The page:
Sainsbury’s says it has become the first company in the world to introduce a refrigerated delivery truck cooled by a liquid nitrogen powered engine, which will eliminate all emissions associated with refrigeration.
Supplied by cooling technology specialists, Dearman, and its partners, the zero-emission cooling unit replaces the traditional diesel engine used to chill the vehicle and will significantly cut emissions.
During a three-month trial the vehicle will save up to 1.6 tonnes of carbon dioxide; the equivalent of driving over 14,500km in a modern family car. The trial will also save 37kg of nitrogen oxides and 2kg of particulate matter, compared to a similar diesel system. The truck will operate from Sainsbury’s Waltham Point depot, delivering chilled goods to stores in the London area.
Based on the revolutionary British invention, the Dearman Engine, the new system harnesses the rapid expansion of liquid nitrogen to deliver zero-emission power and cooling. Traditionally many refrigerated trucks require two diesel engines, one to power the vehicle and one for the refrigeration unit. By replacing the latter, Dearman believes that a more sustainable solution for refrigeration may soon be widely adopted on Britain’s roads.
Paul Crewe, Head of Sustainability for Sainsbury’s, said: “As one of Britain’s biggest retailers we really recognise the importance of reducing emissions, which is why we’re working hard to cut carbon emissions by 30% between 2005 and 2020. This trial with Dearman is just one of the innovations we’ve introduced to help us towards this goal. Their zero-emission system is really exciting, to be running a liquid air engine quite literally means our cooling is running on thin air!”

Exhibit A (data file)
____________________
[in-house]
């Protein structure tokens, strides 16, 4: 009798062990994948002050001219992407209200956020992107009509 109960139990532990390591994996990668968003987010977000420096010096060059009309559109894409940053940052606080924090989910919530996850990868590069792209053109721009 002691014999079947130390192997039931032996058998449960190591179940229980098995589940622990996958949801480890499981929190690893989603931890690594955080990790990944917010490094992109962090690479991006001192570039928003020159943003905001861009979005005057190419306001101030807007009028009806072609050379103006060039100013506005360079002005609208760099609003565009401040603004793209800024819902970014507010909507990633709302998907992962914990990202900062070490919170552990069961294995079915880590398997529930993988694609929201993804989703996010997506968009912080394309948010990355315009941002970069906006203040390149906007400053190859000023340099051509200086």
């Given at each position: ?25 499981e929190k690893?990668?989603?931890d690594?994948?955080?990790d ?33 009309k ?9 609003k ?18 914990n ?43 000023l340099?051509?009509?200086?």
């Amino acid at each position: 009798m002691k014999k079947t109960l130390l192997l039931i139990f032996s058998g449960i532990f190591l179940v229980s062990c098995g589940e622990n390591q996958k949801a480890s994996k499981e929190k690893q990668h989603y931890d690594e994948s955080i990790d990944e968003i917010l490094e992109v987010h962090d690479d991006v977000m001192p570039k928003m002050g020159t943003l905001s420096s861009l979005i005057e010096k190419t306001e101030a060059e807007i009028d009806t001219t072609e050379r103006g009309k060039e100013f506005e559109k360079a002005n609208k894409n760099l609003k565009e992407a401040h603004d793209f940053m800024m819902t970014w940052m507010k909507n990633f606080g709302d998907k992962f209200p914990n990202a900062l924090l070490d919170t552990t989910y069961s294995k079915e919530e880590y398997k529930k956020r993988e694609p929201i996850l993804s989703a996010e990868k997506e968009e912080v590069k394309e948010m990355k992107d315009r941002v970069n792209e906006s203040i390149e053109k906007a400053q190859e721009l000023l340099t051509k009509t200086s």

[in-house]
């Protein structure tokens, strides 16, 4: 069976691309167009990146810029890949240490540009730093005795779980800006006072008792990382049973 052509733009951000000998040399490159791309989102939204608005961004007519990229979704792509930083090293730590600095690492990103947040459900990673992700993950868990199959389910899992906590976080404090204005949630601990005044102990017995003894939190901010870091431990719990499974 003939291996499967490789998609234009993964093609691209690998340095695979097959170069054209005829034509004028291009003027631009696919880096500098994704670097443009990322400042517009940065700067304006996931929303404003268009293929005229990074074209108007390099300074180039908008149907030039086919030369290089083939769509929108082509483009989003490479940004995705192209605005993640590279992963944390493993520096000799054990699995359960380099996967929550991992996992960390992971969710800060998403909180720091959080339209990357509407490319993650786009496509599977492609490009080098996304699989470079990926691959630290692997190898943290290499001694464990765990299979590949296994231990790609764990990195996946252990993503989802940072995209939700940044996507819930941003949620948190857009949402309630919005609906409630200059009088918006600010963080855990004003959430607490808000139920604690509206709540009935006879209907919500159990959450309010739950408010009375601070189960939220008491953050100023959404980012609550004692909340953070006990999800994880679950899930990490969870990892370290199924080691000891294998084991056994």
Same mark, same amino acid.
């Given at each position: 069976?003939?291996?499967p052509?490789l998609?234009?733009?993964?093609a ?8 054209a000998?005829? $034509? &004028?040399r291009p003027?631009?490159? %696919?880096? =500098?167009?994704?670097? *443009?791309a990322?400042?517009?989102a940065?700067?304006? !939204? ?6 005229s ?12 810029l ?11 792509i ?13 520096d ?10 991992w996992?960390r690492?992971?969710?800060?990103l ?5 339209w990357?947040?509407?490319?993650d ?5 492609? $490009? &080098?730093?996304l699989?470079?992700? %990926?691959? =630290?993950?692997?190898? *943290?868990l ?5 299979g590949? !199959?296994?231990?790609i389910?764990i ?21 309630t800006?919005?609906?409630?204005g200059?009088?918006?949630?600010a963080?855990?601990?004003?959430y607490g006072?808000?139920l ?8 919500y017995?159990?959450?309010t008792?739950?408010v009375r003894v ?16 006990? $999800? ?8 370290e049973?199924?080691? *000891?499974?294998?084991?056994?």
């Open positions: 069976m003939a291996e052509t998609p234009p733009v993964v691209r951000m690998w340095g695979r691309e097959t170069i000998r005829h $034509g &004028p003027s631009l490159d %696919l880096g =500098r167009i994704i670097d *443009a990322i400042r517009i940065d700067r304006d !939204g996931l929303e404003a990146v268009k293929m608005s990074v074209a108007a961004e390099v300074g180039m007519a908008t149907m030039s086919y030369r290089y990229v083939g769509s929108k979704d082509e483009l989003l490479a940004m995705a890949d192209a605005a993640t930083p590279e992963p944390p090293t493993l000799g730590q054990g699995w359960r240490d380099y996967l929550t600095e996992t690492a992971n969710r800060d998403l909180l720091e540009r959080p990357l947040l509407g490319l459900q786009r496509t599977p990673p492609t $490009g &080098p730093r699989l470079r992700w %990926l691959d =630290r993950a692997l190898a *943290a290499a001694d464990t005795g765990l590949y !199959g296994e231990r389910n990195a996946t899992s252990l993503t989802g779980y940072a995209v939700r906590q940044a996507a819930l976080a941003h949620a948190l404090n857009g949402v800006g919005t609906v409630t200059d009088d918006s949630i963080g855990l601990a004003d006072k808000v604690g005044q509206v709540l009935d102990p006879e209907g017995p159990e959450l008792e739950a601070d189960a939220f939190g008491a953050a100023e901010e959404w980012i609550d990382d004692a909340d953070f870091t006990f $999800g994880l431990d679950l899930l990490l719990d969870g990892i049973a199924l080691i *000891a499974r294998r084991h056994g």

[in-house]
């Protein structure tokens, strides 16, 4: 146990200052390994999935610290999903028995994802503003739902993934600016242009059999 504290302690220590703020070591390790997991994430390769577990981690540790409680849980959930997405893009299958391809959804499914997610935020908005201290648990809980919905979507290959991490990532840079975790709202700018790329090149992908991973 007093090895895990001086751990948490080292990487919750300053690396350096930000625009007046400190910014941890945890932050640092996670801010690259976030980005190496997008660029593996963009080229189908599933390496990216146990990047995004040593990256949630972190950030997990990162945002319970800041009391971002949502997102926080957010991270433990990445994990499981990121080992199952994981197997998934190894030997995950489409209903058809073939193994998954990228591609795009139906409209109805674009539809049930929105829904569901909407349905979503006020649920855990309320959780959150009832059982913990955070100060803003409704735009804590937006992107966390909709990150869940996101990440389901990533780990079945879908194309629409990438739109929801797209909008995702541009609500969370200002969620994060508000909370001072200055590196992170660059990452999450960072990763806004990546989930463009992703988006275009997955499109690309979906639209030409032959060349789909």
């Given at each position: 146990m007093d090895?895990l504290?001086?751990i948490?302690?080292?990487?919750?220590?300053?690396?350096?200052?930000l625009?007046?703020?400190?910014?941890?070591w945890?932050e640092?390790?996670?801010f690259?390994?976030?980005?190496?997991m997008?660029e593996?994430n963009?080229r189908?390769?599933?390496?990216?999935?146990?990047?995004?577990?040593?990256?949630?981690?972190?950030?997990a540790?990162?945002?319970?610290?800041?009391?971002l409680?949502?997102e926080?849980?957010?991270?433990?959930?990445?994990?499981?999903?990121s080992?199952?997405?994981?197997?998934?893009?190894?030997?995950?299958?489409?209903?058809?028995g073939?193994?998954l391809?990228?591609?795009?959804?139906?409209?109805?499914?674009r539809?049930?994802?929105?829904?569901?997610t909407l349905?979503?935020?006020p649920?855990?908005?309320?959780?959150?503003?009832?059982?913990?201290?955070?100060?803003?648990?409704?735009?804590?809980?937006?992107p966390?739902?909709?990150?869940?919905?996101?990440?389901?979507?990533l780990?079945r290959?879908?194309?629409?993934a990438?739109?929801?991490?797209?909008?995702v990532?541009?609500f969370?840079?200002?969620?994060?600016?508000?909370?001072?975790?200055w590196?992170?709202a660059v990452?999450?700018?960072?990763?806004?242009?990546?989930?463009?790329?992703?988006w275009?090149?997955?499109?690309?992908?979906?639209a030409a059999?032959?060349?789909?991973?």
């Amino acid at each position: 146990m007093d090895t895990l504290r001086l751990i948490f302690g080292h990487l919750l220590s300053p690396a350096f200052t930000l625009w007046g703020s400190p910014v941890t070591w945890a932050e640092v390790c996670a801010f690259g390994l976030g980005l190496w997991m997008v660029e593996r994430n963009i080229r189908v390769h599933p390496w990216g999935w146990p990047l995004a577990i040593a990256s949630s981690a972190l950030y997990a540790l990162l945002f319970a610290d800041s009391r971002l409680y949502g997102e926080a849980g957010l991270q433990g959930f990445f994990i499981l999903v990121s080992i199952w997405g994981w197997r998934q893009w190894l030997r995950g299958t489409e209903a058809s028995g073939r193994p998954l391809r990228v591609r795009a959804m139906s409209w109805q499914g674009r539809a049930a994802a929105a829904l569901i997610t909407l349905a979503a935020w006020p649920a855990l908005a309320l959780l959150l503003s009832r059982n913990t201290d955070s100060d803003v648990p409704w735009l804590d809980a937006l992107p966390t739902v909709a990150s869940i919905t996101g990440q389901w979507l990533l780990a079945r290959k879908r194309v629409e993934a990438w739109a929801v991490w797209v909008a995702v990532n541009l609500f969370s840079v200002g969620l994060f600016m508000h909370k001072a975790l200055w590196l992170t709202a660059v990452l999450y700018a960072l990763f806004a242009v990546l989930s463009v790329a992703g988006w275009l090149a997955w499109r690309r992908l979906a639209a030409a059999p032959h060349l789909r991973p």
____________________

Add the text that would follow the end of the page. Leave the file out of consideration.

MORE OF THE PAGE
In addition to being a cleaner method of refrigeration, the new engine has been designed with safety in mind. Unlike traditional fuels such as diesel, liquid nitrogen (LIN) is a non-flammable substance, which is used extensively in industry and food preparation and is transported safely on the UK’s road network. It has been provided, along with the refuelling infrastructure, by Air Products.
Assessment of the trial will be considered, along with operational costs, before any roll out of the technology.